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Bill Frisell (1951-)

jazz guitar legends Mar 23, 2020

Bill Frisell is one of the most original voices in modern music. His unique approach to guitar playing combines jazz, country, avant-garde and pop influences into a singular, instantly recognizable sound.

A student of Jim Hall and Johnny Smith, Frisell has led a steady career of touring and recording projects since 1983, which began on the acclaimed ECM record label.

The universal appeal of Frisell's playing has also opened the door to an eclectic career as a session musician where he has collaborated with Paul Simon, Ginger Baker, Paul Motian, and countless others.


Bill Frisell was born in Baltimore in 1951. Soon after, a change in his father's work as a biochemist caused the family to move to Denver, Colorado.

Frisell's first experiences with music were through the television and with his grandfather, who played the violin and cornet. Later on in the 4th grade, he took up the clarinet and joined a local marching band.

Although he became a proficient clarinet player, something was missing. In a later interview Frisell admits, "I never felt like my heart was totally in it". 

Eventually, surf rock took over the airwaves and Frisell became so entranced with it that he decided to take up the guitar.

One of his early guitar teachers, Dale Bruning, played gigs with legendary jazz guitarists Johnny Smith and Jim Hall whenever they would come through Denver. This was a vital connection for Frisell as he was first getting into jazz.

Those guitar lessons led to a period of study at the University of Colorado, where Johnny Smith was teaching at the time. Frisell would continue his studies at Berklee where he took classes from Gary Burton and became friends with Pat Metheny.

Metheny would turn out to be an important ally for Frisell: he eventually recommended him to the eccentric drummer Paul Motian (famous for playing in Bill Evans' trio).

This began a long partnership between Motian and Frisell, who formed an innovative bass-less trio with saxophonist Joe Lovano.

In addition to this trio, Frisell became a first-call player for the ECM record label as well as a staple in the New York jazz scene. 

These days, Frisell continues to record and tour with new projects.

Whether it be John Lennon tribute album, an experimental solo guitar record, or a string quartet, with each new offering he cements his status as one of America's most important composers and jazz guitarists.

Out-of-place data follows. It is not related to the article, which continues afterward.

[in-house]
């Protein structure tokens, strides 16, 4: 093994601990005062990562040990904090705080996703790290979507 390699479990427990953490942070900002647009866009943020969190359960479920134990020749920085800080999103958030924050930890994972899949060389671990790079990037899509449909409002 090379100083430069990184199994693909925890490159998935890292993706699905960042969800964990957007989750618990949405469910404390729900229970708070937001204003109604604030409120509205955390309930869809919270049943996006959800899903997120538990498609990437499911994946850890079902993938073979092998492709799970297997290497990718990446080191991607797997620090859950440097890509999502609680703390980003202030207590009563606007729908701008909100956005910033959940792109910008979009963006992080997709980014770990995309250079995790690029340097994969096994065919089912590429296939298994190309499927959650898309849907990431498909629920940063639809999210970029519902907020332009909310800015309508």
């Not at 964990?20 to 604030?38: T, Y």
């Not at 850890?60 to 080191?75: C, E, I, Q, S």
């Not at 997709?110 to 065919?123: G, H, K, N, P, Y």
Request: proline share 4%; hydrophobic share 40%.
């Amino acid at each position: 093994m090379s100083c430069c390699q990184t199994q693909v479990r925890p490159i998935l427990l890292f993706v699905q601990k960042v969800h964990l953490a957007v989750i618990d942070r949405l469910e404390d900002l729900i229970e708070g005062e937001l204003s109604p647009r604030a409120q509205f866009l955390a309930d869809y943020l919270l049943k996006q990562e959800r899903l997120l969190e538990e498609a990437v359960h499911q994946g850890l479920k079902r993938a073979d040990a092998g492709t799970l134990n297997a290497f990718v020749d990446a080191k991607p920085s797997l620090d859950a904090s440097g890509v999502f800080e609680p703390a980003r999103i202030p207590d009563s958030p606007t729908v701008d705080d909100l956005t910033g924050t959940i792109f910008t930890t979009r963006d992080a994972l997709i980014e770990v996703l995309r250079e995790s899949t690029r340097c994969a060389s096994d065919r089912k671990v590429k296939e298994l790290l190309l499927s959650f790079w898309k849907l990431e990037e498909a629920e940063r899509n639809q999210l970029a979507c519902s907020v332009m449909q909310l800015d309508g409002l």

Bill Frisell is married to the visual artist Carole D'Inverno. Their daughter Monica Frisell is a talented photographer.

Recommended Listening

The Days of Wine and Roses has been a Frisell staple throughout the years, and this live trio version is a definite standout.

The solo here builds quite nicely: disjointed chord stabs and double stops eventually morph into some really satisfying Lennie Tristano-esque eighth note lines.


Next up, a live take of Body and Soul from the Village Vanguard with the Paul Motian trio. Frisell's solo shines despite the lack of bass; notice how clearly he states the harmony and how he develops his ideas within this framework.


In addition to being an incredible guitarist, Frisell is also an accomplished composer. Here is one of his earlier tunes, played in a duo with Jim Hall:


Frisell has played many different guitars throughout his career including an ES-175, Gibson SG, a headless Klein, and many Fender Telecasters.

He even had a period where he used a Roland Guitar Synthesizer, which you can hear on the Paul Motian record It Should've Happened A Long Time Ago.

However, if you watch footage of Frisell, it's clear that his sound really comes from his mannerisms - bending the neck, using natural harmonics, open string scales, and so on - rather than any specific guitar model.

Another piece of the puzzle is his use of effects pedals. His collection of pedals is probably even larger than his guitar collection, but a few of his favourites include:

  • Line 6 DL4
  • Electroharmonix 16-Second Delay
  • Boss DD-3
  • Ibanez Tubescreamer

A good example of Frisell's use of effects in a more traditional jazz setting is this recording of Gershwin's My Man's Gone Now, where he stacks long delays to create an ethereal outro.


"Listening to [Bill Frisell] is a constant surprise... it's never predictable. He makes me think of Thelonious Monk, sometimes." - Jim Hall

"To me, jazz is a place where anything is possible." - Bill Frisell

"For me the music community was always like a model for what could be. The way people would play together, just harmony and being - old guys and young guys, black guys and white guys. It was setting an example for what the rest of us could be." - Bill Frisell

Brush up on some more history with "The Who's Who of Jazz Guitar"!

"Bill Frisell - live at Jazz Alley, Seattle - 25 April 2004: The B3 Trio" [image in header] is licensed under the Creative Commons Attribution-Share Alike 2.5 Generic2.0 Generic and 1.0 Generic license.

"File:Bill-frisell DSC02214.jpg" by Hreinn Gudlaugsson is licensed under CC BY-SA 4.0 

"File:Bill-Frisell.jpg" by Hreinn Gudlaugsson is licensed under CC BY-SA 4.0



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